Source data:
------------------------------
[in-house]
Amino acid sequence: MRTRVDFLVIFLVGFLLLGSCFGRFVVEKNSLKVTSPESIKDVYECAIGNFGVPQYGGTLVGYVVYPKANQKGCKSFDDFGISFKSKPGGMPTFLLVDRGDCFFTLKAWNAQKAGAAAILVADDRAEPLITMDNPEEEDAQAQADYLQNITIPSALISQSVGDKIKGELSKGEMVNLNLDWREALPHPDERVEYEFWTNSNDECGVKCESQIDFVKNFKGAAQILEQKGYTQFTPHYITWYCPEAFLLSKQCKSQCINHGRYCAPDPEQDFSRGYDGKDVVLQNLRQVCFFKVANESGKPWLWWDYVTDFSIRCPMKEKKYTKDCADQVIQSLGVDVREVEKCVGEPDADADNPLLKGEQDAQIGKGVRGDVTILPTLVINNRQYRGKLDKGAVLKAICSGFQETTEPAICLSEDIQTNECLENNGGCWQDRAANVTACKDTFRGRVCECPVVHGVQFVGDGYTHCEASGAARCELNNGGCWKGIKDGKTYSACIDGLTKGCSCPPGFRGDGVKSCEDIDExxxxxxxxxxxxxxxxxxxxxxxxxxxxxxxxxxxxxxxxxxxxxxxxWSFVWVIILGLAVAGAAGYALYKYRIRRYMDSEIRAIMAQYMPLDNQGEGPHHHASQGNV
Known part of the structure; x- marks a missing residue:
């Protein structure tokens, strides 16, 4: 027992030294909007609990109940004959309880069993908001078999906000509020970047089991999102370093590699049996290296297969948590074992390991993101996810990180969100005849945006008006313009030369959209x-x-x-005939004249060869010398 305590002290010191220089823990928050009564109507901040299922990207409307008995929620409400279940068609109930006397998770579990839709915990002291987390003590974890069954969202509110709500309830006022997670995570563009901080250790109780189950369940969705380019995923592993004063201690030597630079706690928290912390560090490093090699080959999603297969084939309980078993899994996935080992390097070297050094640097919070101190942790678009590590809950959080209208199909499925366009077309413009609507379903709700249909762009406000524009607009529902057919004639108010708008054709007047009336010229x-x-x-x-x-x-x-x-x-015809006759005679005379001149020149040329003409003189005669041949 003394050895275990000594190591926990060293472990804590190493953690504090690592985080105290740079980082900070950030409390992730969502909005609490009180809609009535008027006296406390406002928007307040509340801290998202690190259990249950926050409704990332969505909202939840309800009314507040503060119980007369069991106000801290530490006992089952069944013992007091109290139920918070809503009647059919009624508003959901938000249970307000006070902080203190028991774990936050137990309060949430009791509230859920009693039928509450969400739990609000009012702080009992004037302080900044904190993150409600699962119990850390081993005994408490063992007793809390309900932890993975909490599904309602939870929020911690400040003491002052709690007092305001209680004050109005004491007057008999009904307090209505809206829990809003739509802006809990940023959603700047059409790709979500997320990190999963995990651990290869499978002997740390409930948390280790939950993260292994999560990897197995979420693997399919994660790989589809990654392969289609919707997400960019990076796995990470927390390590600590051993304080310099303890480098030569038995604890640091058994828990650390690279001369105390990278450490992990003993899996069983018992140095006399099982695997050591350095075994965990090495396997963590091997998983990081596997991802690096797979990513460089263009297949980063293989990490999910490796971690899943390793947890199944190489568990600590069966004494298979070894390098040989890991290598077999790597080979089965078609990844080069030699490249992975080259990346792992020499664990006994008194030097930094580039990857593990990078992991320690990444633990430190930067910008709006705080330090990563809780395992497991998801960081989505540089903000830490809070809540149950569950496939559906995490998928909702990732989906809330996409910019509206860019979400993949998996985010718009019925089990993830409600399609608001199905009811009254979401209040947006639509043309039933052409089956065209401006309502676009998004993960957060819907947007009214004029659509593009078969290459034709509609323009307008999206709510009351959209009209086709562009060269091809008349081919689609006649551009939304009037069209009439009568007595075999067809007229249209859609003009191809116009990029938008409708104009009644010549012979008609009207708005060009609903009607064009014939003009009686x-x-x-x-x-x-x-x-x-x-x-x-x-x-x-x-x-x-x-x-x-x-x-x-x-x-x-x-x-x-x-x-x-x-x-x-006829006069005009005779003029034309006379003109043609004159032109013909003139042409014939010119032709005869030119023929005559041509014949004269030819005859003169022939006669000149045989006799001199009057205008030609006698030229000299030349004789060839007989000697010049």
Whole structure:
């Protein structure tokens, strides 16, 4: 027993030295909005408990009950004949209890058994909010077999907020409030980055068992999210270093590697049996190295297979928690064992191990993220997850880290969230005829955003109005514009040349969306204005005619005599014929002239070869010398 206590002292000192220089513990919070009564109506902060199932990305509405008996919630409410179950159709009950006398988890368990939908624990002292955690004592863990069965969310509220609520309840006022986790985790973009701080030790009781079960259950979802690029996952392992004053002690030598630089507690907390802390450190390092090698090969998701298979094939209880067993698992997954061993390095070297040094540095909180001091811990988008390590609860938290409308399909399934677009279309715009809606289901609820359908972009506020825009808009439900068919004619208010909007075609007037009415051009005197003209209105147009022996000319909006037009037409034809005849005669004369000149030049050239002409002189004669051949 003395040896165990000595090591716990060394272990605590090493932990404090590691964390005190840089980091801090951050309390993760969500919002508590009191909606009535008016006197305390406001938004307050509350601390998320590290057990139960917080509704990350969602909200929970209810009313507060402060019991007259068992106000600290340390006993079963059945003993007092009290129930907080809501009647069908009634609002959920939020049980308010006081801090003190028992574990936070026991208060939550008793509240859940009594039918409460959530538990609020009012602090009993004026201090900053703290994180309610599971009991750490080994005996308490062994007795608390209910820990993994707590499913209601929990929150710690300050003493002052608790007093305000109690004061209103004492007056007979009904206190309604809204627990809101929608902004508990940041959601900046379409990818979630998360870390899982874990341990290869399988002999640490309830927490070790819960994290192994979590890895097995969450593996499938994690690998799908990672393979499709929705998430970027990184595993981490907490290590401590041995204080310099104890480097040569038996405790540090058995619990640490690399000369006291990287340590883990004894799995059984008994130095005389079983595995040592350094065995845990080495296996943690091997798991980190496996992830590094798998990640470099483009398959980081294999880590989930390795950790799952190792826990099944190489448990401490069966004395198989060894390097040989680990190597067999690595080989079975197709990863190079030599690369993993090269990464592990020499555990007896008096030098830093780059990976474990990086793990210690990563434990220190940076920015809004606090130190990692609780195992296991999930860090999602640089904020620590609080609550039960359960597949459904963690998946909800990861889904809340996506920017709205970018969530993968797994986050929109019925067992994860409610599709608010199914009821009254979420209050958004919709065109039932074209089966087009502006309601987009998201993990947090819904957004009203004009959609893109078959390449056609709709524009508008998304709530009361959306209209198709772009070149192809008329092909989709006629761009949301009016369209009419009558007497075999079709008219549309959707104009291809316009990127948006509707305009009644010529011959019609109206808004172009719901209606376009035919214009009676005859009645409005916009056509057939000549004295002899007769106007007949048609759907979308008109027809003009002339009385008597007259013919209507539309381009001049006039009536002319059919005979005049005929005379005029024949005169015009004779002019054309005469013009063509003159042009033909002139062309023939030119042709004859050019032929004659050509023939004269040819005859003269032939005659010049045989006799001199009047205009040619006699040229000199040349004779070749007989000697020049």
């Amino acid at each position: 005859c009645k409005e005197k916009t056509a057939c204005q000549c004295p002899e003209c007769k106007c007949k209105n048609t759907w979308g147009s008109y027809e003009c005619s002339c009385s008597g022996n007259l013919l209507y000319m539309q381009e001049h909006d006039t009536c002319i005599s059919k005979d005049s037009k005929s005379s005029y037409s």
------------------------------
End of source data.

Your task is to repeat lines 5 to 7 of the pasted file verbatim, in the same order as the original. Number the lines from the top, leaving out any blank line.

Whole structure:
């Protein structure tokens, strides 16, 4: 027993030295909005408990009950004949209890058994909010077999907020409030980055068992999210270093590697049996190295297979928690064992191990993220997850880290969230005829955003109005514009040349969306204005005619005599014929002239070869010398 206590002292000192220089513990919070009564109506902060199932990305509405008996919630409410179950159709009950006398988890368990939908624990002292955690004592863990069965969310509220609520309840006022986790985790973009701080030790009781079960259950979802690029996952392992004053002690030598630089507690907390802390450190390092090698090969998701298979094939209880067993698992997954061993390095070297040094540095909180001091811990988008390590609860938290409308399909399934677009279309715009809606289901609820359908972009506020825009808009439900068919004619208010909007075609007037009415051009005197003209209105147009022996000319909006037009037409034809005849005669004369000149030049050239002409002189004669051949 003395040896165990000595090591716990060394272990605590090493932990404090590691964390005190840089980091801090951050309390993760969500919002508590009191909606009535008016006197305390406001938004307050509350601390998320590290057990139960917080509704990350969602909200929970209810009313507060402060019991007259068992106000600290340390006993079963059945003993007092009290129930907080809501009647069908009634609002959920939020049980308010006081801090003190028992574990936070026991208060939550008793509240859940009594039918409460959530538990609020009012602090009993004026201090900053703290994180309610599971009991750490080994005996308490062994007795608390209910820990993994707590499913209601929990929150710690300050003493002052608790007093305000109690004061209103004492007056007979009904206190309604809204627990809101929608902004508990940041959601900046379409990818979630998360870390899982874990341990290869399988002999640490309830927490070790819960994290192994979590890895097995969450593996499938994690690998799908990672393979499709929705998430970027990184595993981490907490290590401590041995204080310099104890480097040569038996405790540090058995619990640490690399000369006291990287340590883990004894799995059984008994130095005389079983595995040592350094065995845990080495296996943690091997798991980190496996992830590094798998990640470099483009398959980081294999880590989930390795950790799952190792826990099944190489448990401490069966004395198989060894390097040989680990190597067999690595080989079975197709990863190079030599690369993993090269990464592990020499555990007896008096030098830093780059990976474990990086793990210690990563434990220190940076920015809004606090130190990692609780195992296991999930860090999602640089904020620590609080609550039960359960597949459904963690998946909800990861889904809340996506920017709205970018969530993968797994986050929109019925067992994860409610599709608010199914009821009254979420209050958004919709065109039932074209089966087009502006309601987009998201993990947090819904957004009203004009959609893109078959390449056609709709524009508008998304709530009361959306209209198709772009070149192809008329092909989709006629761009949301009016369209009419009558007497075999079709008219549309959707104009291809316009990127948006509707305009009644010529011959019609109206808004172009719901209606376009035919214009009676005859009645409005916009056509057939000549004295002899007769106007007949048609759907979308008109027809003009002339009385008597007259013919209507539309381009001049006039009536002319059919005979005049005929005379005029024949005169015009004779002019054309005469013009063509003159042009033909002139062309023939030119042709004859050019032929004659050509023939004269040819005859003269032939005659010049045989006799001199009047205009040619006699040229000199040349004779070749007989000697020049």
């Amino acid at each position: 005859c009645k409005e005197k916009t056509a057939c204005q000549c004295p002899e003209c007769k106007c007949k209105n048609t759907w979308g147009s008109y027809e003009c005619s002339c009385s008597g022996n007259l013919l209507y000319m539309q381009e001049h909006d006039t009536c002319i005599s059919k005979d005049s037009k005929s005379s005029y037409s």